Insight into human alveolar macrophage and M. tuberculosis interactions via metabolic reconstructions.

TitleInsight into human alveolar macrophage and M. tuberculosis interactions via metabolic reconstructions.
Publication TypeJournal Article
Year of Publication2010
AuthorsBordbar A, Lewis NE, Schellenberger J, Palsson BØ, Jamshidi N
JournalMolecular systems biology
PubMed Date2010 Oct 19
KeywordsAdenosine Triphosphate, Computational Biology, Computer Simulation, Databases, Genetic, Genes, Bacterial, Host-Pathogen Interactions, Humans, Macrophages, Alveolar, Metabolic Networks and Pathways, Models, Biological, Monte Carlo Method, Mycobacterium tuberculosis, Nitric Oxide

Metabolic coupling of Mycobacterium tuberculosis to its host is foundational to its pathogenesis. Computational genome-scale metabolic models have shown utility in integrating -omic as well as physiologic data for systemic, mechanistic analysis of metabolism. To date, integrative analysis of host-pathogen interactions using in silico mass-balanced, genome-scale models has not been performed. We, therefore, constructed a cell-specific alveolar macrophage model, iAB-AMØ-1410, from the global human metabolic reconstruction, Recon 1. The model successfully predicted experimentally verified ATP and nitric oxide production rates in macrophages. This model was then integrated with an M. tuberculosis H37Rv model, iNJ661, to build an integrated host-pathogen genome-scale reconstruction, iAB-AMØ-1410-Mt-661. The integrated host-pathogen network enables simulation of the metabolic changes during infection. The resulting reaction activity and gene essentiality targets of the integrated model represent an altered infectious state. High-throughput data from infected macrophages were mapped onto the host-pathogen network and were able to describe three distinct pathological states. Integrated host-pathogen reconstructions thus form a foundation upon which understanding the biology and pathophysiology of infections can be developed.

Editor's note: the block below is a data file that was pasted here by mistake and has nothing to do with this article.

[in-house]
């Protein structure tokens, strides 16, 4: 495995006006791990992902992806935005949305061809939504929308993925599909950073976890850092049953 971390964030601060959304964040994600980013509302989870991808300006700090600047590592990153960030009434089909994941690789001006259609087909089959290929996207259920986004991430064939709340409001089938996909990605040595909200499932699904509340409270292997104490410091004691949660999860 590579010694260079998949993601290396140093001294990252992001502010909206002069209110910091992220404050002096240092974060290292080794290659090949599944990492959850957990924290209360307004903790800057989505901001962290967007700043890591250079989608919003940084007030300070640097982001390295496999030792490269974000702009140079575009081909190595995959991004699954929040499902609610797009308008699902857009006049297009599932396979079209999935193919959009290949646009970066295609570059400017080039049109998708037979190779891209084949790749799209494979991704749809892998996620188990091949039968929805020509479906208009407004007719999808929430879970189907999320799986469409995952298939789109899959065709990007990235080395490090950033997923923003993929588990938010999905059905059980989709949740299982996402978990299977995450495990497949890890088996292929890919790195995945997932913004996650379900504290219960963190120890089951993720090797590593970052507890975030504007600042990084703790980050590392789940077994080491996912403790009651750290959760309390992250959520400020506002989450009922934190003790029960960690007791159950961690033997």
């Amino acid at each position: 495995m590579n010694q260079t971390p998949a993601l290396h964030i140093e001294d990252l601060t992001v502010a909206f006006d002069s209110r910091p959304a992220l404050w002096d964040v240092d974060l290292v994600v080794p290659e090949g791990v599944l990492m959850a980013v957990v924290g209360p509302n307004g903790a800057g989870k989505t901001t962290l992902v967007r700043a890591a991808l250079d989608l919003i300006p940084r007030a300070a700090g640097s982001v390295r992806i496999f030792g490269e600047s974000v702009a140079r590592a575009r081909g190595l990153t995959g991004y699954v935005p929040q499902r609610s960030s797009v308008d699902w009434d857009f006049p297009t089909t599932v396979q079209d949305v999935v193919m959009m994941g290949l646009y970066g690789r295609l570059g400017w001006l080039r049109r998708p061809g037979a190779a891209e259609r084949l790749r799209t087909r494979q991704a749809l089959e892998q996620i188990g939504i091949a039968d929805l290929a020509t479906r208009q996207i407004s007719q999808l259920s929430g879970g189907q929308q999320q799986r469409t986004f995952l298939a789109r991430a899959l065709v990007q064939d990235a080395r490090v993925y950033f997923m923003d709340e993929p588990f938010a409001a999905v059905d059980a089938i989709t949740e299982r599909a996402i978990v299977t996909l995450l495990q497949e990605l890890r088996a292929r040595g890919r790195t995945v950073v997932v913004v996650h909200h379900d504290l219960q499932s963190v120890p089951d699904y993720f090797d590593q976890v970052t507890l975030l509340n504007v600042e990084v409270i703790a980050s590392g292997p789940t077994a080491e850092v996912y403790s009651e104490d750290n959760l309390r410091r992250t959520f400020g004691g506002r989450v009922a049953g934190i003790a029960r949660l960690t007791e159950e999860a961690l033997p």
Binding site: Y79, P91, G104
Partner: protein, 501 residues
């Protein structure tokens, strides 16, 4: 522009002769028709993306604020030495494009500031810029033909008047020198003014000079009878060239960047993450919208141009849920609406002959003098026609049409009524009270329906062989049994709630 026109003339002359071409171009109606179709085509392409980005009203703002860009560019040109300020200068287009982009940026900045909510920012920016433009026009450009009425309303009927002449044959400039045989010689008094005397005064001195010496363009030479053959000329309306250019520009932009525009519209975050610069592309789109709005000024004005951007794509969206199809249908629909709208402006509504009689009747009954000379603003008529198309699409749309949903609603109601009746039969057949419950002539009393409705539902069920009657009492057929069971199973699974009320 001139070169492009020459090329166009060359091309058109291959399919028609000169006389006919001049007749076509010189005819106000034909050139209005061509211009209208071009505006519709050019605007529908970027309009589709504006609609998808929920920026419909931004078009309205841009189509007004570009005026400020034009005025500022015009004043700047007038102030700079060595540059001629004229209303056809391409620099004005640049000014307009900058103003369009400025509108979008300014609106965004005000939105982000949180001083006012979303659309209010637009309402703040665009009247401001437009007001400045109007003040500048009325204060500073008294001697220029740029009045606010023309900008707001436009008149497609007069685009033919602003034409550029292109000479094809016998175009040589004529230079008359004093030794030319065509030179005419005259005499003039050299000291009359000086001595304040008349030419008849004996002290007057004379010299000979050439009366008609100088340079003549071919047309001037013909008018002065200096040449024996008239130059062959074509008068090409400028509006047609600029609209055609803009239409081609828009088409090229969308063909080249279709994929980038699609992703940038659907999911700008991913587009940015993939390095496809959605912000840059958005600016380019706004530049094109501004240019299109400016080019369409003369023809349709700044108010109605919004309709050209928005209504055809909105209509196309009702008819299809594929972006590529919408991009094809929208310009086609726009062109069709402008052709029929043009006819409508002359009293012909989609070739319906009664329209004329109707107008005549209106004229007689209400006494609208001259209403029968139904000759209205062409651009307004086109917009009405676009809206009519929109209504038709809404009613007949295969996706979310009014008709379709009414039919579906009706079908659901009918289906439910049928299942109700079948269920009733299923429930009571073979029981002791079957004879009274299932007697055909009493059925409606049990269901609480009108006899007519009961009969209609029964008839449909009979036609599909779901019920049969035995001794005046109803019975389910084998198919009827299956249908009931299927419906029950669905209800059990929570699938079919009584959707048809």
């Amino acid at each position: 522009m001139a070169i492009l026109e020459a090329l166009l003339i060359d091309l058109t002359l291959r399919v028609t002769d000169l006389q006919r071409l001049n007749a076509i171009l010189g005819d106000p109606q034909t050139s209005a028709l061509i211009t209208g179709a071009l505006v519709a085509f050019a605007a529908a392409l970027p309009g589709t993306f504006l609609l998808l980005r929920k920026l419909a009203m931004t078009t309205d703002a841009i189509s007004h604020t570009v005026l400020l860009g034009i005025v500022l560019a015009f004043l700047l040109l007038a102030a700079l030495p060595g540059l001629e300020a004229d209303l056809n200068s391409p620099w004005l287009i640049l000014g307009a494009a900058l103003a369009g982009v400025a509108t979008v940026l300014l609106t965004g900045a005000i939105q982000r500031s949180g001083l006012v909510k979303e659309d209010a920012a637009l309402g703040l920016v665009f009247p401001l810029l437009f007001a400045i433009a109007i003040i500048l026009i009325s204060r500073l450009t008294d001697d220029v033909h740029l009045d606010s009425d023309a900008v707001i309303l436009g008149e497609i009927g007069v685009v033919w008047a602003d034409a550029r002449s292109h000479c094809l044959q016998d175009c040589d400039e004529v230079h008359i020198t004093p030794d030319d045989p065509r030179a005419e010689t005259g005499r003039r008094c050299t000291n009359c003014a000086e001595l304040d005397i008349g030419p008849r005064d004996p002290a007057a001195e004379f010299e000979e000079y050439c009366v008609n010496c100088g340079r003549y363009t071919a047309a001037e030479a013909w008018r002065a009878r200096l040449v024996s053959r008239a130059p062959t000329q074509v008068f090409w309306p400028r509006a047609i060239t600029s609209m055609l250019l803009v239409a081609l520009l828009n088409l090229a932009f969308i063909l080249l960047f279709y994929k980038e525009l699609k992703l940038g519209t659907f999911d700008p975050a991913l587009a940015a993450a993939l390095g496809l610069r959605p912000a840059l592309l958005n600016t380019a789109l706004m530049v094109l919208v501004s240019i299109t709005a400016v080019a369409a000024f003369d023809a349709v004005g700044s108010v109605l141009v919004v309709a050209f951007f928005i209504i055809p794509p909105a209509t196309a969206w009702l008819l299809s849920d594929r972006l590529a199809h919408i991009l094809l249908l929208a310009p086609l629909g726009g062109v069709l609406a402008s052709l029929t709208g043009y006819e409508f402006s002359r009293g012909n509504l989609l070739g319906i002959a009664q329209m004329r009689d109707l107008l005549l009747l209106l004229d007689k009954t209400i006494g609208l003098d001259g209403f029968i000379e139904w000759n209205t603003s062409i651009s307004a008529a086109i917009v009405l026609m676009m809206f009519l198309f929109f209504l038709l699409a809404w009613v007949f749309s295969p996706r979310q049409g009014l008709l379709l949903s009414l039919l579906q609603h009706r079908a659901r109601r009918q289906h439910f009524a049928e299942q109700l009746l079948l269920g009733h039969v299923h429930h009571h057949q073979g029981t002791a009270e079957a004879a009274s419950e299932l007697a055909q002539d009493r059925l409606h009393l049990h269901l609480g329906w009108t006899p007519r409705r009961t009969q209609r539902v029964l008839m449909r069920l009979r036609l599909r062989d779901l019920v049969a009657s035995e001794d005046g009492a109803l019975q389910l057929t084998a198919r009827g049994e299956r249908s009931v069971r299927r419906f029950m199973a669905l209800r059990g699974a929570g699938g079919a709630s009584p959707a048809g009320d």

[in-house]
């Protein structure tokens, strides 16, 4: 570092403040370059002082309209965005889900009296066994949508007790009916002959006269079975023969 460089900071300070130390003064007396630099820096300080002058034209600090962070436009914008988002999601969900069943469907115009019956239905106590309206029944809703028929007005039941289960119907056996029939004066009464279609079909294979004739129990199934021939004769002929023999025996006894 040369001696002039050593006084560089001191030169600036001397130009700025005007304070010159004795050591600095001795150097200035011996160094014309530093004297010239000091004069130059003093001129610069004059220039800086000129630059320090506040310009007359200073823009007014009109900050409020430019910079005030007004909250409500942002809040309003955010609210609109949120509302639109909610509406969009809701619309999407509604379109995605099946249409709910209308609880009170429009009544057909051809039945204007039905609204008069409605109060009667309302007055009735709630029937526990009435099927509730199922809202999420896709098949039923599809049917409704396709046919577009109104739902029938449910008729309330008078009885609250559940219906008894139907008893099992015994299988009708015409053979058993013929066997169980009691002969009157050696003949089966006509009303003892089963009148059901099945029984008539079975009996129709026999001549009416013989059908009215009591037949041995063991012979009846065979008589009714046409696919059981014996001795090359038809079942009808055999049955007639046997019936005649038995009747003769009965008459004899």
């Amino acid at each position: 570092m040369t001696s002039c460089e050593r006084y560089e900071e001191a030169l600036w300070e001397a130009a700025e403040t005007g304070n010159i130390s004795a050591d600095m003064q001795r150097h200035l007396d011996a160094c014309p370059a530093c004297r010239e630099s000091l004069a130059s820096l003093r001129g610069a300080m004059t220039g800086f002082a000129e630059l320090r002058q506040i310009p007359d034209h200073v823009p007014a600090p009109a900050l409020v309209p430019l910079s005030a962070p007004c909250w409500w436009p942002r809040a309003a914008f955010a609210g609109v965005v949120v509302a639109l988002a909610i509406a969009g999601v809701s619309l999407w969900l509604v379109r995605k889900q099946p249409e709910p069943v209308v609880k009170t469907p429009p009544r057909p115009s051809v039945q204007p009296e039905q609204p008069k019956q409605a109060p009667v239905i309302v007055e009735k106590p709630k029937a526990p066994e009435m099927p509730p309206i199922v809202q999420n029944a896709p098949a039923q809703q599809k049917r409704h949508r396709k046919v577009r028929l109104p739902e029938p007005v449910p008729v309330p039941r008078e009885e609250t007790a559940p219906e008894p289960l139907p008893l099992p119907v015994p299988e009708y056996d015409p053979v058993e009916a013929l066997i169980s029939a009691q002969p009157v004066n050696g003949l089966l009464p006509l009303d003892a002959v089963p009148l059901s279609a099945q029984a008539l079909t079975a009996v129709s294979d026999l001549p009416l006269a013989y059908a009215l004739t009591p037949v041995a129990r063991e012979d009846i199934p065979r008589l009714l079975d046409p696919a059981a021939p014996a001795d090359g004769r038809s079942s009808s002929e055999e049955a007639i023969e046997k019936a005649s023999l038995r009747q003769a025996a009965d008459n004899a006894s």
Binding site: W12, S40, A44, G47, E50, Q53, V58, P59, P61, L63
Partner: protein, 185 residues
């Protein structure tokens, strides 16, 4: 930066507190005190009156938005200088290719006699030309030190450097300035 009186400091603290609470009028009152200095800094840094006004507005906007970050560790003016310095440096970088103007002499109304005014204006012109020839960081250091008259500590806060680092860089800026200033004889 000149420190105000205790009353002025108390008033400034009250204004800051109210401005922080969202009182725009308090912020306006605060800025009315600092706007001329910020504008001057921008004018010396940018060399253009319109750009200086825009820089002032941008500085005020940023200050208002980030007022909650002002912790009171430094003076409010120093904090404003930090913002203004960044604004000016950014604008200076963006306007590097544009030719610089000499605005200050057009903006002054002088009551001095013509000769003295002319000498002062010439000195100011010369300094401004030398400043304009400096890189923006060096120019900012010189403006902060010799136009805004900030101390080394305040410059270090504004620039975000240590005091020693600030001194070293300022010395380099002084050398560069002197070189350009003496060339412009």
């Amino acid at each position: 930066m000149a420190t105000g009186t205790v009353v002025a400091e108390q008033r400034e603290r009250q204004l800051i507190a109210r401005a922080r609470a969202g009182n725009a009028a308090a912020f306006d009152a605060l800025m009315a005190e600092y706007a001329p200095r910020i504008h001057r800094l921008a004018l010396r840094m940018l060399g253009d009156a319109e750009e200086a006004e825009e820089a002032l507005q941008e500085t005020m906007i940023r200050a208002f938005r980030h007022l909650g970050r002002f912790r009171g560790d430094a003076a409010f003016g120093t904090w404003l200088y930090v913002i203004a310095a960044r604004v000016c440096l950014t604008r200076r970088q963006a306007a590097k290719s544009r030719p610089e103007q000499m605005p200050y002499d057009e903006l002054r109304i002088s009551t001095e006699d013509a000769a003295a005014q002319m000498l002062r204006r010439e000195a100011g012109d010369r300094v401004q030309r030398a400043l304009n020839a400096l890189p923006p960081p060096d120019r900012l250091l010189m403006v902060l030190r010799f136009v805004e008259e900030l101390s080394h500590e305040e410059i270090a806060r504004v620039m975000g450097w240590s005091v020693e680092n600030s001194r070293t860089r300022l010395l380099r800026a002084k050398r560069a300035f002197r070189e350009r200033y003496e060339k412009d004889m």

Alternate JournalMol. Syst. Biol.
PubMed ID20959820



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